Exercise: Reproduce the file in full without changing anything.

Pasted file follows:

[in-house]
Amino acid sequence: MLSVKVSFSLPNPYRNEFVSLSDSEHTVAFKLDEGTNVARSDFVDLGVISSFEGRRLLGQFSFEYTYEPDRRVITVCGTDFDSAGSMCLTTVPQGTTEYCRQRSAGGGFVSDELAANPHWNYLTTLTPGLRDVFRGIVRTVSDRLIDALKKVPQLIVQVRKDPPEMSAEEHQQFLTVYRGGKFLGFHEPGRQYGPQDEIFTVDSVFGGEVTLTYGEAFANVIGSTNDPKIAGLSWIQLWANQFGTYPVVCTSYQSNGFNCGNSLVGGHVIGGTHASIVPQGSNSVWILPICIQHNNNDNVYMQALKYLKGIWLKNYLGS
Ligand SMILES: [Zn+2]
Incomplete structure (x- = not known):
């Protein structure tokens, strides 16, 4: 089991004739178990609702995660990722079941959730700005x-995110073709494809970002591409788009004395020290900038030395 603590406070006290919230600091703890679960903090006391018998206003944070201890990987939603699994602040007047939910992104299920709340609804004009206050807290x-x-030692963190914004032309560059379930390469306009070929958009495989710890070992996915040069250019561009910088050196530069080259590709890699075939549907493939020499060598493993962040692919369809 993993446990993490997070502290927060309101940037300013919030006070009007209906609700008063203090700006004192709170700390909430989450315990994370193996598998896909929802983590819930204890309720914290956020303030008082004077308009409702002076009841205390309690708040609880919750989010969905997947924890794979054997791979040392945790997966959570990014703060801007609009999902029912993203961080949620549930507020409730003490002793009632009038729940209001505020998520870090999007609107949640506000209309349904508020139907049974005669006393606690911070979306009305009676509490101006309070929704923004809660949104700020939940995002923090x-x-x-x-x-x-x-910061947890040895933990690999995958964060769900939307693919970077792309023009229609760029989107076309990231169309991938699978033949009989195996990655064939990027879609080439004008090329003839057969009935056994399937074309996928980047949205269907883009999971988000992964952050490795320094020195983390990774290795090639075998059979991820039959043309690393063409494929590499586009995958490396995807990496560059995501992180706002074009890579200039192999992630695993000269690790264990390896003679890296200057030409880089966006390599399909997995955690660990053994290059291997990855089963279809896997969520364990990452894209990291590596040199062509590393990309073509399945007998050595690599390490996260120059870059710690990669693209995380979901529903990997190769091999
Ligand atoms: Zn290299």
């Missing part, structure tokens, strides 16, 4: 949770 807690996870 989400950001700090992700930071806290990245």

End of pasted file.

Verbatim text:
[in-house]
Amino acid sequence: MLSVKVSFSLPNPYRNEFVSLSDSEHTVAFKLDEGTNVARSDFVDLGVISSFEGRRLLGQFSFEYTYEPDRRVITVCGTDFDSAGSMCLTTVPQGTTEYCRQRSAGGGFVSDELAANPHWNYLTTLTPGLRDVFRGIVRTVSDRLIDALKKVPQLIVQVRKDPPEMSAEEHQQFLTVYRGGKFLGFHEPGRQYGPQDEIFTVDSVFGGEVTLTYGEAFANVIGSTNDPKIAGLSWIQLWANQFGTYPVVCTSYQSNGFNCGNSLVGGHVIGGTHASIVPQGSNSVWILPICIQHNNNDNVYMQALKYLKGIWLKNYLGS
Ligand SMILES: [Zn+2]
Incomplete structure (x- = not known):
């Protein structure tokens, strides 16, 4: 089991004739178990609702995660990722079941959730700005x-995110073709494809970002591409788009004395020290900038030395 603590406070006290919230600091703890679960903090006391018998206003944070201890990987939603699994602040007047939910992104299920709340609804004009206050807290x-x-030692963190914004032309560059379930390469306009070929958009495989710890070992996915040069250019561009910088050196530069080259590709890699075939549907493939020499060598493993962040692919369809 993993446990993490997070502290927060309101940037300013919030006070009007209906609700008063203090700006004192709170700390909430989450315990994370193996598998896909929802983590819930204890309720914290956020303030008082004077308009409702002076009841205390309690708040609880919750989010969905997947924890794979054997791979040392945790997966959570990014703060801007609009999902029912993203961080949620549930507020409730003490002793009632009038729940209001505020998520870090999007609107949640506000209309349904508020139907049974005669006393606690911070979306009305009676509490101006309070929704923004809660949104700020939940995002923090x-x-x-x-x-x-x-910061947890040895933990690999995958964060769900939307693919970077792309023009229609760029989107076309990231169309991938699978033949009989195996990655064939990027879609080439004008090329003839057969009935056994399937074309996928980047949205269907883009999971988000992964952050490795320094020195983390990774290795090639075998059979991820039959043309690393063409494929590499586009995958490396995807990496560059995501992180706002074009890579200039192999992630695993000269690790264990390896003679890296200057030409880089966006390599399909997995955690660990053994290059291997990855089963279809896997969520364990990452894209990291590596040199062509590393990309073509399945007998050595690599390490996260120059870059710690990669693209995380979901529903990997190769091999
Ligand atoms: Zn290299």
């Missing part, structure tokens, strides 16, 4: 949770 807690996870 989400950001700090992700930071806290990245």